Silly Texas man who likes Star Trek, Batman, Doctor Who, Star Wars, and 50s schlock. I'm also a big fan of Bettie Page, Elvis, old Hollywood glamour, and most retro. I'm easily distracted by bright shiny things. Or boobs. Or bright shiny boobs.

 

classictrek:

A second season publicity photo in which it looks like Nichelle Nichols and William Shatner are posing for a Starfleet recruitment brochure.

classictrek:

A second season publicity photo in which it looks like Nichelle Nichols and William Shatner are posing for a Starfleet recruitment brochure.

classictrek:

Some very hard-to-find snapshots of Leonard Nimoy, DeForest Kelley and William Shatner during the filming of “Spectre of the Gun.” These were featured in the excellent Pioneers of Television episode about science fiction programming in the 1960s.

classictrek:

Season 2 publicity photo featuring William Shatner giving you the bedroom eyes while the Enterprise averts her gaze.

classictrek:

Season 2 publicity photo featuring William Shatner giving you the bedroom eyes while the Enterprise averts her gaze.

classictrek:

A publicity photo from “Miri.”
18-year-old Kim Darby played the title character (who’s actually 14) after three years of working on shows such as Dr. Kildare and The Fugitive. She would later work with James Doohan in Bus Riley’s Back In Town (1965) and The People, a sci-fi flick starring William Shatner in 1972, but her most notable work is True Grit, where she took second billing to John Wayne.

classictrek:

A publicity photo from “Miri.”

18-year-old Kim Darby played the title character (who’s actually 14) after three years of working on shows such as Dr. Kildare and The Fugitive. She would later work with James Doohan in Bus Riley’s Back In Town (1965) and The People, a sci-fi flick starring William Shatner in 1972, but her most notable work is True Grit, where she took second billing to John Wayne.

classictrek:

Another second season publicity photo, featuring Leonard Nimoy and William Shatner as Spock and Captain James T. Kirk.

classictrek:

Another second season publicity photo, featuring Leonard Nimoy and William Shatner as Spock and Captain James T. Kirk.

classictrek:

Behind-the-scenes photos from Star Trek II: The Wrath Of Khan, from The Papers of Nicholas Meyer Collection currently held in the Special Collections Department at the University of Iowa Library in Iowa City.

classictrek:

A behind-the-scenes photo from the first day of filming for “Where No Man Has Gone Before.”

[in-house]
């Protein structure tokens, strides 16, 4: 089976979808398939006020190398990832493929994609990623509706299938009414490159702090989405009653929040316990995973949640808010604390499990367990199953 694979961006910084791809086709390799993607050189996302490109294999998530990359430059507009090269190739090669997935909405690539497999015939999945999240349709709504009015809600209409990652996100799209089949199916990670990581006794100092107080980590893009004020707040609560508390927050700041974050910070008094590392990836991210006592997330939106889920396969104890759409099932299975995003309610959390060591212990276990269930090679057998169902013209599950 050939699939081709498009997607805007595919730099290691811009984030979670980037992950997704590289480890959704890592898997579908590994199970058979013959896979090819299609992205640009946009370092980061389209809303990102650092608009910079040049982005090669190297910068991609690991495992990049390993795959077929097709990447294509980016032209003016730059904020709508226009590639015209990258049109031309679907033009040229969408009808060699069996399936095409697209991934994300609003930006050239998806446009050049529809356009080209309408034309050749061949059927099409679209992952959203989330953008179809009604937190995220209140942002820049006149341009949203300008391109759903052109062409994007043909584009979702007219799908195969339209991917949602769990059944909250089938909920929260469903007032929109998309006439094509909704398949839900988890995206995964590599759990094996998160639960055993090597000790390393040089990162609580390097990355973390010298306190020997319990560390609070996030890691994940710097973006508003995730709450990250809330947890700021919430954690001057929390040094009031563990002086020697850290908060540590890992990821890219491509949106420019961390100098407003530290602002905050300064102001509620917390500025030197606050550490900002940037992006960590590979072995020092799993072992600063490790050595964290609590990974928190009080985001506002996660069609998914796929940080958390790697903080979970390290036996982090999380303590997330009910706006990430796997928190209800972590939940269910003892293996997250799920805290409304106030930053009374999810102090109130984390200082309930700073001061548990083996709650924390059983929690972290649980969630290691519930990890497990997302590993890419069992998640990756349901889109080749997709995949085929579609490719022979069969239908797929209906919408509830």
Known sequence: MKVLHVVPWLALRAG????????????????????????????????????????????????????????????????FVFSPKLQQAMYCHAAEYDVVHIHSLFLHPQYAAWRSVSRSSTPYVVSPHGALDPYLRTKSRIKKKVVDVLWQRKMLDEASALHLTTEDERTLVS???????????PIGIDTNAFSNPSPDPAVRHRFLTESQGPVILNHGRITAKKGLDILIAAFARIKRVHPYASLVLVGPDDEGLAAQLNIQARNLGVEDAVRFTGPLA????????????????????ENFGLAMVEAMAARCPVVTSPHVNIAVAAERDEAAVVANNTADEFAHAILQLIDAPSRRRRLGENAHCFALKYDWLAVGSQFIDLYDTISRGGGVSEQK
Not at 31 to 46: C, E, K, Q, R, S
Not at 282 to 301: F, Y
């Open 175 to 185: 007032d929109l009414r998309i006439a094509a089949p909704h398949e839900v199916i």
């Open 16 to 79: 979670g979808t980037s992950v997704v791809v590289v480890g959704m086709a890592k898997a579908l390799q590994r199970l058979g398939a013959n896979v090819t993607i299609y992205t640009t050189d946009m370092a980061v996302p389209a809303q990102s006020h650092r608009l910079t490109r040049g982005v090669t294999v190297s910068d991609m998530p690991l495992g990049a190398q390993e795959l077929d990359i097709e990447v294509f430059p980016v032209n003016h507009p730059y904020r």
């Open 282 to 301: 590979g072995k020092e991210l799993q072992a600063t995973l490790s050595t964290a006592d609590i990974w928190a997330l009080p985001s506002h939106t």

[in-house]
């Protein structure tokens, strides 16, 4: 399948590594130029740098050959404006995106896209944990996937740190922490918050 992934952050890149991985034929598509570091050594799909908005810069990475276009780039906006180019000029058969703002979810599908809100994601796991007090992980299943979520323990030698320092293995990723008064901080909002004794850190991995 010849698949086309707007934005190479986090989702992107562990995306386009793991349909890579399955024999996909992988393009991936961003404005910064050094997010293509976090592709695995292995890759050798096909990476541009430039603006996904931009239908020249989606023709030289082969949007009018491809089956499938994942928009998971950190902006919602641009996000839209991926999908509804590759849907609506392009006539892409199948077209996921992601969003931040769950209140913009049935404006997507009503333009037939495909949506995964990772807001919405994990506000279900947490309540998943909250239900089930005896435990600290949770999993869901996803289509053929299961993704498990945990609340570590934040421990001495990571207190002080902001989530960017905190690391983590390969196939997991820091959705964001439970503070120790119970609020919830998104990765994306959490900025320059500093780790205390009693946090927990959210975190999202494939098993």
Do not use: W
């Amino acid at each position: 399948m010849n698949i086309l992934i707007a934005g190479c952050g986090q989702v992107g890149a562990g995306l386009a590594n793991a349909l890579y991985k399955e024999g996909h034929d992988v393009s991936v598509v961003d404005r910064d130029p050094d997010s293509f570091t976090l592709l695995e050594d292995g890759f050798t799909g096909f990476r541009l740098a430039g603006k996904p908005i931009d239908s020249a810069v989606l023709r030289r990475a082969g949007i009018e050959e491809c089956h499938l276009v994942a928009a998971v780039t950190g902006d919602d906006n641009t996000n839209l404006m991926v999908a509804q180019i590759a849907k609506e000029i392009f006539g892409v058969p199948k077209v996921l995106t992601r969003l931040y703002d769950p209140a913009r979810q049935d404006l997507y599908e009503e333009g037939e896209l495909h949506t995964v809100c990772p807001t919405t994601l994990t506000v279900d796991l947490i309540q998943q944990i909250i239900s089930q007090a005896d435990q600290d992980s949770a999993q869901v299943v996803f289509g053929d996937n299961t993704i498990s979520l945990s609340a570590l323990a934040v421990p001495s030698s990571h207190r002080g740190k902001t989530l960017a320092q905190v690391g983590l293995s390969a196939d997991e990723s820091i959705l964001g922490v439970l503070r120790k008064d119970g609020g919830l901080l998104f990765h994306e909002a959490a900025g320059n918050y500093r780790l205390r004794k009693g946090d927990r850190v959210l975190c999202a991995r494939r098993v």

Roddenberry had wanted James Goldstone (a highly-regarded TV director with stints on Perry Mason, Rawhide, The Fugitive along with Roddenberry’s own The Lieutenant) to helm the first pilot, but wasn’t able to secure him. After all, a man who had a good reputation could have it destroyed with one lousy pilot and like the rest of Hollywood, he was a bit skittish about science-fiction at the time. (That said, he was happy to recommend his friend Robert H. Justman as an Associate Producer for the show early on, which worked out very well indeed.)

When NBC told Roddenberry he would have a second shot, he again approached Goldstone, who agreed to direct the second pilot.

"There had been several problems with the "The Cage." One of them was that it cost so much money and the other that it took so long to shoot," Goldstone said in an interview. "One of the requisites put on the second pilot was to shoot it in eight days which would then prove that a weekly series could be done in six or seven days. The other requisite was that NBC very much wanted something that could be ‘commercial’ against the police shows and all the other action things that were then on television. "Where No Man Has Gone Before" was not so much a pilot as it was an example of how we could go on a weekly level."

classictrek:

A behind-the-scenes photo from the first day of filming for “Where No Man Has Gone Before.”

Roddenberry had wanted James Goldstone (a highly-regarded TV director with stints on Perry Mason, Rawhide, The Fugitive along with Roddenberry’s own The Lieutenant) to helm the first pilot, but wasn’t able to secure him. After all, a man who had a good reputation could have it destroyed with one lousy pilot and like the rest of Hollywood, he was a bit skittish about science-fiction at the time. (That said, he was happy to recommend his friend Robert H. Justman as an Associate Producer for the show early on, which worked out very well indeed.)

When NBC told Roddenberry he would have a second shot, he again approached Goldstone, who agreed to direct the second pilot.

"There had been several problems with the "The Cage." One of them was that it cost so much money and the other that it took so long to shoot," Goldstone said in an interview. "One of the requisites put on the second pilot was to shoot it in eight days which would then prove that a weekly series could be done in six or seven days. The other requisite was that NBC very much wanted something that could be ‘commercial’ against the police shows and all the other action things that were then on television. "Where No Man Has Gone Before" was not so much a pilot as it was an example of how we could go on a weekly level."